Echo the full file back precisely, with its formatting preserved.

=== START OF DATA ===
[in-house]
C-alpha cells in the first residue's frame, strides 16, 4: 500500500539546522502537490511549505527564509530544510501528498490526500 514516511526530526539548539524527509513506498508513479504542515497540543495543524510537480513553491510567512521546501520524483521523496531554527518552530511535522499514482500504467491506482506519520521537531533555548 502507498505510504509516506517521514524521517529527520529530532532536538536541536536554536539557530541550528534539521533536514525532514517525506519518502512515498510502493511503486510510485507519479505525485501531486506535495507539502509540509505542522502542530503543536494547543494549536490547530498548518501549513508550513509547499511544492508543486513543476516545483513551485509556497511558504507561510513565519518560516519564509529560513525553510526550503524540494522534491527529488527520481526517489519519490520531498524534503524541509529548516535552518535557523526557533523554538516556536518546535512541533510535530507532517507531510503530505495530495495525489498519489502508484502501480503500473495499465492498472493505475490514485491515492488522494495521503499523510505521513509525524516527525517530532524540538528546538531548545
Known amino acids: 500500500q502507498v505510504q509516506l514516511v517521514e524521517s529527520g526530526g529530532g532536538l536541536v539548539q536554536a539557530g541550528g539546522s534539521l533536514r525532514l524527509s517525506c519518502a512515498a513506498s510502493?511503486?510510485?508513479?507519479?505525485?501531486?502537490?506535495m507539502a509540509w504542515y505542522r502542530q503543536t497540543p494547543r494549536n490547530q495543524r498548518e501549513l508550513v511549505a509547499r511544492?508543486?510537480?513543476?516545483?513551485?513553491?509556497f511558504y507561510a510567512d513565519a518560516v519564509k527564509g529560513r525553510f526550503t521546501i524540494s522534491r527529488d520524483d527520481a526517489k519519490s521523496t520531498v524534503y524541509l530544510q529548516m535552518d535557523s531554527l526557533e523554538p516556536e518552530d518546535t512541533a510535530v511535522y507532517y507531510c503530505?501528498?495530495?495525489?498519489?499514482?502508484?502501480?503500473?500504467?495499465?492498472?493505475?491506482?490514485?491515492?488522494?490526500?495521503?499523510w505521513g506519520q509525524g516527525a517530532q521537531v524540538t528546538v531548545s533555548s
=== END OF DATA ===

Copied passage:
[in-house]
C-alpha cells in the first residue's frame, strides 16, 4: 500500500539546522502537490511549505527564509530544510501528498490526500 514516511526530526539548539524527509513506498508513479504542515497540543495543524510537480513553491510567512521546501520524483521523496531554527518552530511535522499514482500504467491506482506519520521537531533555548 502507498505510504509516506517521514524521517529527520529530532532536538536541536536554536539557530541550528534539521533536514525532514517525506519518502512515498510502493511503486510510485507519479505525485501531486506535495507539502509540509505542522502542530503543536494547543494549536490547530498548518501549513508550513509547499511544492508543486513543476516545483513551485509556497511558504507561510513565519518560516519564509529560513525553510526550503524540494522534491527529488527520481526517489519519490520531498524534503524541509529548516535552518535557523526557533523554538516556536518546535512541533510535530507532517507531510503530505495530495495525489498519489502508484502501480503500473495499465492498472493505475490514485491515492488522494495521503499523510505521513509525524516527525517530532524540538528546538531548545
Known amino acids: 500500500q502507498v505510504q509516506l514516511v517521514e524521517s529527520g526530526g529530532g532536538l536541536v539548539q536554536a539557530g541550528g539546522s534539521l533536514r525532514l524527509s517525506c519518502a512515498a513506498s510502493?511503486?510510485?508513479?507519479?505525485?501531486?502537490?506535495m507539502a509540509w504542515y505542522r502542530q503543536t497540543p494547543r494549536n490547530q495543524r498548518e501549513l508550513v511549505a509547499r511544492?508543486?510537480?513543476?516545483?513551485?513553491?509556497f511558504y507561510a510567512d513565519a518560516v519564509k527564509g529560513r525553510f526550503t521546501i524540494s522534491r527529488d520524483d527520481a526517489k519519490s521523496t520531498v524534503y524541509l530544510q529548516m535552518d535557523s531554527l526557533e523554538p516556536e518552530d518546535t512541533a510535530v511535522y507532517y507531510c503530505?501528498?495530495?495525489?498519489?499514482?502508484?502501480?503500473?500504467?495499465?492498472?493505475?491506482?490514485?491515492?488522494?490526500?495521503?499523510w505521513g506519520q509525524g516527525a517530532q521537531v524540538t528546538v531548545s533555548s